Many adults have fond memories of collecting cards from cereal packets, but cards were just the beginning of collecting.
In the 1950s supermarkets were using ‘premiums’ to sell breakfast cereal.
A premium was a small reward placed in the cereal box, as incentive to buy the product. The idea proved popular for both retailer and consumer.
In 1955, the first ‘in box’ cereal premium was simply a balloon.
The following year Kellogg’s Cornflakes added three glass marbles in a plastic bag and in 1957 small tinplate pictures were found in Weeties boxes.
From the late 1950s plastic was used to make ‘cereal toys’.
First designs were basic animals and vehicles, but over the next two decades imagination and innovation governed these little plastic toys.
The ‘Deep Sea Band’ series, released in 1969, was modeled on sea creatures playing musical instruments.
Octopussy Hep Cat, Saxy Salmon and Frantic Fanny Fantail were the names
of a few.
‘Tooly Birds’ (1970) was inspired by common shed tools fashioned into ‘birds’, with names such as Harry Hammer and Muggsie Mallet.
‘Metric Monsters’ (1975) were designed to clip onto a pencil.
Names such as Litre Licker, Julius Celcius and Hairy Hectare were used while Australians were adapting to the new metric system.
“Totem Poles” (1971), ‘Secret Stencils’ (1972) and Whirligigs [bike spoke decorations] (1973) were other popular one piece cereal toys.
The Kellogg series ‘Crater Critters’(1968) was modeled on alien space creatures, influenced by 1960s space exploration – walking on the moon was still a year away. The series was so popular it was re-released in 1972.
Some plastic cereal toys were complex. A framework of small parts had to be separated, and then carefully snapped together to form all manner of weird and whacky play things.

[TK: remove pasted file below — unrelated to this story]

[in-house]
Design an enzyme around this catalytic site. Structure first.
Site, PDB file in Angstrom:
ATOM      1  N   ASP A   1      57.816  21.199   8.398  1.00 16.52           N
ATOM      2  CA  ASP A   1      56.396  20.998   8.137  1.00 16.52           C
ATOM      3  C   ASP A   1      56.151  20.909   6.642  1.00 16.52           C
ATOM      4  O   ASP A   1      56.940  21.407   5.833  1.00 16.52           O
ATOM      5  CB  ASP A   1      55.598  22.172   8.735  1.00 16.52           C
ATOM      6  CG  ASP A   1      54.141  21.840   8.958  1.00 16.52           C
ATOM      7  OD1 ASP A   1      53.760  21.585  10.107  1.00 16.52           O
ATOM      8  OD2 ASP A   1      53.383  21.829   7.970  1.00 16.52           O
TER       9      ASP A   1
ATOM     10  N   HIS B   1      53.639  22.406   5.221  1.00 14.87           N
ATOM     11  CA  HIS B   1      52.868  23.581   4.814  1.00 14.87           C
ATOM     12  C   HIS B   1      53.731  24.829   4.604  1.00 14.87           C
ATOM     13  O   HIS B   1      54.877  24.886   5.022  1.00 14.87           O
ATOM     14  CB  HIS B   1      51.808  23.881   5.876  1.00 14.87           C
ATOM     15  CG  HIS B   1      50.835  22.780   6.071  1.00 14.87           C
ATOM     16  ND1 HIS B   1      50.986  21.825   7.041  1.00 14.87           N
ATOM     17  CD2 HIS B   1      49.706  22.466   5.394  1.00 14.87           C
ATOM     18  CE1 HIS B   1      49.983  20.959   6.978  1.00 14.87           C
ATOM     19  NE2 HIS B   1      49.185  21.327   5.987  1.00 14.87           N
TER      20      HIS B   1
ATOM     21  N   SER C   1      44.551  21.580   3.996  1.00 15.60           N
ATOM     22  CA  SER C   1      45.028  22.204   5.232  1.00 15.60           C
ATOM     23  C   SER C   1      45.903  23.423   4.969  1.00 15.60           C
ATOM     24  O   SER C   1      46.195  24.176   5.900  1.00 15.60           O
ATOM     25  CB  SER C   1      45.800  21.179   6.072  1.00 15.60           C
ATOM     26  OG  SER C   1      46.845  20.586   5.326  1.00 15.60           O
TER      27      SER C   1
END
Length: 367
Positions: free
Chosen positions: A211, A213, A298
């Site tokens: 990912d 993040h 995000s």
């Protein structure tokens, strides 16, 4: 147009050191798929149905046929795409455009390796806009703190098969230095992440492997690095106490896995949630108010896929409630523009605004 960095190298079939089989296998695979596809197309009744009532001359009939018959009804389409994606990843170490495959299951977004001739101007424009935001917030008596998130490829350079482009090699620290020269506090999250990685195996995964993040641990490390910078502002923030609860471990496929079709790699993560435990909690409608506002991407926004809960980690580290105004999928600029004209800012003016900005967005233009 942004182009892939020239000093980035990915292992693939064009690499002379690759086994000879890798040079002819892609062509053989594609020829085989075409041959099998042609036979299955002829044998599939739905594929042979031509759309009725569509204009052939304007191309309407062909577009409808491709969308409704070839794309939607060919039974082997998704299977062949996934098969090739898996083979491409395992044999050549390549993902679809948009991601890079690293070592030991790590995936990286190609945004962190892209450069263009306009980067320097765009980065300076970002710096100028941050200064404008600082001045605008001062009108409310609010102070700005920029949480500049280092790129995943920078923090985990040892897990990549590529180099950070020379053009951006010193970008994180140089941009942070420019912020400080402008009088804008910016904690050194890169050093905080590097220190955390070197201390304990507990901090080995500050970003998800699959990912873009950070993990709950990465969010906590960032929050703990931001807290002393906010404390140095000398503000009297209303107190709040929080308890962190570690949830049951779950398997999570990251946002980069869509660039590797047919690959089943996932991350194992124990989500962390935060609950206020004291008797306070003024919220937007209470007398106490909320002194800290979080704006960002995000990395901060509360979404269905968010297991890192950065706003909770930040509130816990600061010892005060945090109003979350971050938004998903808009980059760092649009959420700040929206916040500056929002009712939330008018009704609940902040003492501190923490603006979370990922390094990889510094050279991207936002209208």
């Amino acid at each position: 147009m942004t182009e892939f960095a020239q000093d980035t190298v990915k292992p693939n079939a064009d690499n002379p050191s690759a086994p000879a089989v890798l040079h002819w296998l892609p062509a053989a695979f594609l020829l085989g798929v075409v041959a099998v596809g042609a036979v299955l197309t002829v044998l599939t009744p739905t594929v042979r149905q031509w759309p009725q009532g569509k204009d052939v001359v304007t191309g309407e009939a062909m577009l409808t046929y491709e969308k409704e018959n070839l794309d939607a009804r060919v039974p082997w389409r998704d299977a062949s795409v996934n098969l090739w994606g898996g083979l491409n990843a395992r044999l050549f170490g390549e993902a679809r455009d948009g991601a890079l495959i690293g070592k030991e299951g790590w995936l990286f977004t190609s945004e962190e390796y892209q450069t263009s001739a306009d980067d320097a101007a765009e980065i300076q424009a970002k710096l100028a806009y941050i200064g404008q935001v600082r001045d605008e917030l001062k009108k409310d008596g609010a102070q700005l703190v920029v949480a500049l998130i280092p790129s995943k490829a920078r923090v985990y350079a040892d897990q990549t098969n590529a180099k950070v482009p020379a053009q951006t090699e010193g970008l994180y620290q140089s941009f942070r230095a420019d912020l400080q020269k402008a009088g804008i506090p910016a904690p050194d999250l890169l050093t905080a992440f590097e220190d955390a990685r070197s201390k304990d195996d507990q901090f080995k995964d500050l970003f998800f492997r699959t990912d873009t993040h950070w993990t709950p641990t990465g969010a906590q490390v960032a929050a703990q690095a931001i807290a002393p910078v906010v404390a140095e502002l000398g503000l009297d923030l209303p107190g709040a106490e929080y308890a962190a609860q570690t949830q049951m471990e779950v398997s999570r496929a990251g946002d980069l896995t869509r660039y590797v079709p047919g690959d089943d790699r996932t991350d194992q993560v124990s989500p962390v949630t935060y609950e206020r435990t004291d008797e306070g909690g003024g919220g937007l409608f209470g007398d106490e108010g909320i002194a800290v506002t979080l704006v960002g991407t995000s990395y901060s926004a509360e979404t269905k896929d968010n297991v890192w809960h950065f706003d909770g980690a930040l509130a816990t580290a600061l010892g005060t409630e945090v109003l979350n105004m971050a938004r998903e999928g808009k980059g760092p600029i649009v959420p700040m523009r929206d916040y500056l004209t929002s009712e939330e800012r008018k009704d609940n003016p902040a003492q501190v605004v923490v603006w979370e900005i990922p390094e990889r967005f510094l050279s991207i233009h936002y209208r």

‘Walking Farmyard Friends’ (1964) was a popular series. An animal, such as a horse, was attached by cotton thread to a weight.
The weight hung over the edge of a level surface, pulling the horse along and making it ‘walk’.
Other ‘constructed’ toys included ‘Noodle Nodders’ (1969), ‘Zoo Choo Train’ (1970) and Dragsters (1973).
The 1960s ‘Wiggle Ring’ or ‘Flicker Ring’ series used lenticular picture inserts, whereby the image changed or moved when viewed from a different angle – a skipping girl, an Indian shooting arrows, etc.
Rivalry between companies such as Kellogg, Sanitarium and Nabisco, led to the regular release of new cereal toys.
Almost all design and production of plastic toys was by the Melbourne plastic moulding firm, Rosenhain & Lipmann (R & L). Their production of Crater Critters in 1969 produced five million pieces.
The introduction of colour television to Australia in 1975 meant cereal products could be promoted by TV adverts in colour.
This was effective but also expensive, in part leading to the demise of cereal toy premiums.
These brightly coloured little plastic toys can still be found 40 to 60 years after their cereal boxes were opened, serving as childhood mementos.